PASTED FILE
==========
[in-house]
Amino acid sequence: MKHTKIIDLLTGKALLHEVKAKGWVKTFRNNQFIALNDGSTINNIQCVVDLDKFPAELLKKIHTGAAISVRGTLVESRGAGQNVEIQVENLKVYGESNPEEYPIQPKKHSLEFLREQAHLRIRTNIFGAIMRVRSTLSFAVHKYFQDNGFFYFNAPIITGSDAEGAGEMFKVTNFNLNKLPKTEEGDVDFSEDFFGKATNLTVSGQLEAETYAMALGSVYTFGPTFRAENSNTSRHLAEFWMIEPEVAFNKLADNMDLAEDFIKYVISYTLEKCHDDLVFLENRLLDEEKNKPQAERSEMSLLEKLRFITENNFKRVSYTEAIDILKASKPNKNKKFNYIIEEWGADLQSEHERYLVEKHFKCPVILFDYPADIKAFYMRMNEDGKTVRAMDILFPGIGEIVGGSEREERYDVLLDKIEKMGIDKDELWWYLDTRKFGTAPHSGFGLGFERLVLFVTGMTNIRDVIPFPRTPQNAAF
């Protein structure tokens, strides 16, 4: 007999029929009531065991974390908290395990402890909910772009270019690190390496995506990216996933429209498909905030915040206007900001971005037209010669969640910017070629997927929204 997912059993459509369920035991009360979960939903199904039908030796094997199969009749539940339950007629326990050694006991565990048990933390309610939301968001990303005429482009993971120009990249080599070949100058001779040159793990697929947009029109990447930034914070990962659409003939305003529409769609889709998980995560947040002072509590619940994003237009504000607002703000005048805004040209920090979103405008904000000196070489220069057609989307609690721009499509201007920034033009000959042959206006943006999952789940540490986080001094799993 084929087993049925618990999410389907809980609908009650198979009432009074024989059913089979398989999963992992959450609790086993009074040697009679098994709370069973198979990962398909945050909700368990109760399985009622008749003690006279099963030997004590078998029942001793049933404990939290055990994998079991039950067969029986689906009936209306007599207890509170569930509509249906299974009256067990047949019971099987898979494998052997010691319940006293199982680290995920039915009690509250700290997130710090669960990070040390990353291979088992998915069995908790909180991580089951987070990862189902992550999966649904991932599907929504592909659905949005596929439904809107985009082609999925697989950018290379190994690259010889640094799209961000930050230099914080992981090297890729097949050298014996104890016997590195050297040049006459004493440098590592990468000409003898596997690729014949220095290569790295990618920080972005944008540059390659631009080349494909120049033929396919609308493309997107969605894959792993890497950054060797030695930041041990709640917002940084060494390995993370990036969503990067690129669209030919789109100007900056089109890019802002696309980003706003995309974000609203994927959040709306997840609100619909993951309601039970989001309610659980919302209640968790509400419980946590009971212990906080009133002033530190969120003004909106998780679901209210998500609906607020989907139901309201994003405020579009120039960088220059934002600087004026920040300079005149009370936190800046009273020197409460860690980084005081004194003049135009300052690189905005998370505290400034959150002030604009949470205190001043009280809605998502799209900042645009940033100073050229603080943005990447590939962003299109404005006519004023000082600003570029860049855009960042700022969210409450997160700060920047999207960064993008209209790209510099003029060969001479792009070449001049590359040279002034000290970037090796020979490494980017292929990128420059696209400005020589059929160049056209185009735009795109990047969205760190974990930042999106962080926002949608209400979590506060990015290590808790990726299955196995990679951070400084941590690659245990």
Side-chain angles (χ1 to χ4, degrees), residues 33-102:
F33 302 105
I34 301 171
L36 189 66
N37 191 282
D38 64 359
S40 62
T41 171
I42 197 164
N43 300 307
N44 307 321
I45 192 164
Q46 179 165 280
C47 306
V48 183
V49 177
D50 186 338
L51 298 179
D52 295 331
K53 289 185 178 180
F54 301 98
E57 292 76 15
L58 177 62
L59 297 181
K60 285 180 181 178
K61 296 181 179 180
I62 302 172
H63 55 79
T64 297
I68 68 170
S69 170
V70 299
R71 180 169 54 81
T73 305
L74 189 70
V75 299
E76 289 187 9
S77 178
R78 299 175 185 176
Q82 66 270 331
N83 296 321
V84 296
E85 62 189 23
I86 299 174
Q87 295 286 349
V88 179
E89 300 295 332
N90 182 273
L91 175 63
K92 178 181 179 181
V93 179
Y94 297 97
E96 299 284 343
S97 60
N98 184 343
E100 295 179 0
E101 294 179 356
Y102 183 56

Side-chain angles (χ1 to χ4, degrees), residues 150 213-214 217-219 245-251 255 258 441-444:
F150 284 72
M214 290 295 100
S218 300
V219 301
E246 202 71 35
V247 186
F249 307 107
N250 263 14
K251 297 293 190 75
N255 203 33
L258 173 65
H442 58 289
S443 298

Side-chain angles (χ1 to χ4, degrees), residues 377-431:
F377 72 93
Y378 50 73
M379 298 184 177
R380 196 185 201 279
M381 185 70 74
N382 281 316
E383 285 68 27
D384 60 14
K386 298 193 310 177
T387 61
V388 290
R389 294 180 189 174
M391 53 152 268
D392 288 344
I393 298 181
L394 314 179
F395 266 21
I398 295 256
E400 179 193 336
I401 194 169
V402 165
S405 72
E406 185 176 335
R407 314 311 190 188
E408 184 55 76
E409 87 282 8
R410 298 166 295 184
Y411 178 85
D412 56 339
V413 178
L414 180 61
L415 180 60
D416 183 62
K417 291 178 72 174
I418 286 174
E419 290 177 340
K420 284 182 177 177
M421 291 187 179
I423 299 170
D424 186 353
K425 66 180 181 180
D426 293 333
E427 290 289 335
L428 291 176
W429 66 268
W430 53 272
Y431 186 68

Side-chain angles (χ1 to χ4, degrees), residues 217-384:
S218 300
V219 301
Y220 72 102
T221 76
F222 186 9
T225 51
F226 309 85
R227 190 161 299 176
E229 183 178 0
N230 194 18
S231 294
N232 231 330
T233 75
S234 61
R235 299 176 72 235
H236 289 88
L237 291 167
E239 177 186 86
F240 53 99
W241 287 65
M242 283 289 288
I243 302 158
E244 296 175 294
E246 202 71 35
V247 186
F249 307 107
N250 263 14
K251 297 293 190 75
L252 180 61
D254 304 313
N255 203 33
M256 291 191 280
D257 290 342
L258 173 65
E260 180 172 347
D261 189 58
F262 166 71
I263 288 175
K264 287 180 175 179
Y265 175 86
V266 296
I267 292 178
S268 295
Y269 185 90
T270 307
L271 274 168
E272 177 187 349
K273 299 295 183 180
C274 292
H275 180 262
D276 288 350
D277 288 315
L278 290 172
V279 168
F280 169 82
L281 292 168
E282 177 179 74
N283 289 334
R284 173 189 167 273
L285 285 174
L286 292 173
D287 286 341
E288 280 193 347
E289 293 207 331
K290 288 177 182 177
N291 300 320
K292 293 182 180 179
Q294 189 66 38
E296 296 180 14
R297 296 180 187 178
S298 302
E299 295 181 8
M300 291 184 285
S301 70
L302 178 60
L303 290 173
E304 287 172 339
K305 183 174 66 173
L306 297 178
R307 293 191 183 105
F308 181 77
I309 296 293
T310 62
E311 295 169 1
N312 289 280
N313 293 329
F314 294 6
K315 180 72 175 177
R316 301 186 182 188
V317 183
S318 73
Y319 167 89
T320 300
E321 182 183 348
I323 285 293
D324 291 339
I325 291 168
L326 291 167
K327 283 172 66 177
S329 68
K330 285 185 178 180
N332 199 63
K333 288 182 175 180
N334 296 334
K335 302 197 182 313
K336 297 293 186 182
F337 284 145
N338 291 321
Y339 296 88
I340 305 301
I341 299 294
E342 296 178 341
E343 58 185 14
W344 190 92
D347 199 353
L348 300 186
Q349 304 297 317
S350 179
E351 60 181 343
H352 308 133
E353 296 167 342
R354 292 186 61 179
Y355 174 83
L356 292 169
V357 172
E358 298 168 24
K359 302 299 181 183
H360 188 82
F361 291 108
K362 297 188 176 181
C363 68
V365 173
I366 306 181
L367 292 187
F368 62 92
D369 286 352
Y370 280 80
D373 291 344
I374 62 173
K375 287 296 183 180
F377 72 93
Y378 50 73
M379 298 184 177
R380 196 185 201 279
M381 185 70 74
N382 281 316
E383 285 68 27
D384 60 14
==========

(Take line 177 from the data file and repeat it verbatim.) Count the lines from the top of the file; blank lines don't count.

L278 290 172